As I examined this in the mirror, I began rolling my shoulders and was surprised at the fluid range of motion, and the complete lack of pain. I then did another quick upward stretch and realized my arms were behind my ears, when for many years they had been alongside or even slightly forward!

The result of this experience is that my range of motion is vastly increased from what I’ve had in a long time, both in my back and my right shoulder, which has been impaired since a motorcycle accident in 1982. Both shoulders now move about the same, and pain-free. Whatever spot was locked up in my back all these years, has now been broken up.

For those familiar with the concept of kundalini, I feel like I’ve been raising and releasing this energy for the past few months. One possible reason is I’m in a relationship with a new girlfriend. We have a deep connection, and that has brought new energy into my life in many ways. I believe that when we are healthy and happy we don’t compartmentalize ourselves. Conversely, we create blockages when things aren’t going as well. By entering a new state energy was freed up, but the old block at the heart chakra had not yet been released. When energy hits a block, something has to happen. As long as the block was there, the energy built up until it manifested as pain, and continued to do so until I was able to dissolve the block.

Does this mean the process is complete? Of course not, because being alive is itself a process. I can feel that most of that backed-up energy has moved upward, just like heat from a flame.

As the neck and tailbone tend to reflect each other, I later did some stretches in deep horse stance to open the hips. These consisted of resting my hands on my knees to support my body weight so I could swing my hips freely. This resulted in a powerful release in my right hip that went right down to my knee, unlocking a block I hadn’t even fully recognized. I then wondered if I could extend the release into my foot, and with a couple of weight shifts I was able to release the pain I’d had in my right ankle since dislocating it nearly 2 years ago! This went all the way to the big toe, eliminating a hot pain I’d been carrying in the instep of my foot. Didn’t I say everything was interconnected? I haven’t felt this good or connected in years!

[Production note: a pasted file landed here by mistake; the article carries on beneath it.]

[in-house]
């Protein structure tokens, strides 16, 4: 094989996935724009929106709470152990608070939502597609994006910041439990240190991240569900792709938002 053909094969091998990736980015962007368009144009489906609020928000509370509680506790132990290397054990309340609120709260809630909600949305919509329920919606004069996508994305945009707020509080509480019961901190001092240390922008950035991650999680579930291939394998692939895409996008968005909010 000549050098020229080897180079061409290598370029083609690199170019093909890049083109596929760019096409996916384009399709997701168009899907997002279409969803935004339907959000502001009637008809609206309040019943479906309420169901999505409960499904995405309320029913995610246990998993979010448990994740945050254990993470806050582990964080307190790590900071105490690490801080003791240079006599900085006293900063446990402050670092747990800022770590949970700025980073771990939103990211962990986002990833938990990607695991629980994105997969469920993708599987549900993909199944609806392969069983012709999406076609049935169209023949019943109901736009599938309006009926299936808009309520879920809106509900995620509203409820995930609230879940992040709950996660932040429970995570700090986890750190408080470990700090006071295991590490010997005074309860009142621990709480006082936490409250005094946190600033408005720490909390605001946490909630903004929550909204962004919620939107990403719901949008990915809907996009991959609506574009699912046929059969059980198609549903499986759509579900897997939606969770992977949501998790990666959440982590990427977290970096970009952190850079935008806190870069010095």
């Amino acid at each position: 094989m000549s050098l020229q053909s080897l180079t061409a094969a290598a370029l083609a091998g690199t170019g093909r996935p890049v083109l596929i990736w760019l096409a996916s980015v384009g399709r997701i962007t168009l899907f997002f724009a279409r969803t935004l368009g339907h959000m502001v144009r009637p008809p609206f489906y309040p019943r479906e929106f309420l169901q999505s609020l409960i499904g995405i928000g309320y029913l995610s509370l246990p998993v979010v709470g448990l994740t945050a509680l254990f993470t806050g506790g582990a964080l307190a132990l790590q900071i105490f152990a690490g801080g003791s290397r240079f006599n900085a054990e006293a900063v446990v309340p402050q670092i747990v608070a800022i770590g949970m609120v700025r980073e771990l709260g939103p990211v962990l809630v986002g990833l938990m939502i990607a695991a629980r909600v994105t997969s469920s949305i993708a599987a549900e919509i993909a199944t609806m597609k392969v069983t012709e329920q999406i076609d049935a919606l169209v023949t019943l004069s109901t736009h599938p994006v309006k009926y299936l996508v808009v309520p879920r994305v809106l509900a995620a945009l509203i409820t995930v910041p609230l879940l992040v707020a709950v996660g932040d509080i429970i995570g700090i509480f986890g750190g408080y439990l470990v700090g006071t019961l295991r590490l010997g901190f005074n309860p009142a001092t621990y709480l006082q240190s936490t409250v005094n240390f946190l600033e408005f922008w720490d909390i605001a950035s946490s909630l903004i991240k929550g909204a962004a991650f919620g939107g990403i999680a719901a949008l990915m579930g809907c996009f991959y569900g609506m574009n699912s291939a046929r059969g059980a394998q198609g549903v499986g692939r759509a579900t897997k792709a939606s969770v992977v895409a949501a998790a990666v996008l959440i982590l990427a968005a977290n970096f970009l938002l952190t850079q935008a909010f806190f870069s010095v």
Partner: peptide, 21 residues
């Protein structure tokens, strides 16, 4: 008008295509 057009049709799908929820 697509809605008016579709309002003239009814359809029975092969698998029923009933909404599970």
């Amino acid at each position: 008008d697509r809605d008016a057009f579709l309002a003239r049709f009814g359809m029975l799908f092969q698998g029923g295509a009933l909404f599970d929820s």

Now I have to monitor these results to see what comes next. Old patterns don’t just disappear, so though I’ve felt incredibly good the past 48 hours, I recognize that tension can again accumulate in a habitual manner. It’s so easy to forget how hard it was to get to this point and just return to business as usual, when in fact a breakthrough like this should be the start of a new phase and not just the end of the old.

As I said at the beginning, this is about trusting one’s own inner wisdom, letting intuition be the guide rather than being a slave to technique. Though rooted in established principles, the actual methods I used were unique and unorthodox, but allowed me to achieve exactly the results I needed so badly. I’ve outlined the process and results as guidelines only. I know that many people carry aches and pains on a daily basis, the result of living in a body. If we depend on others to fix us, we will never be as free as when we are able to find our own solutions and follow through to reach the goals we set.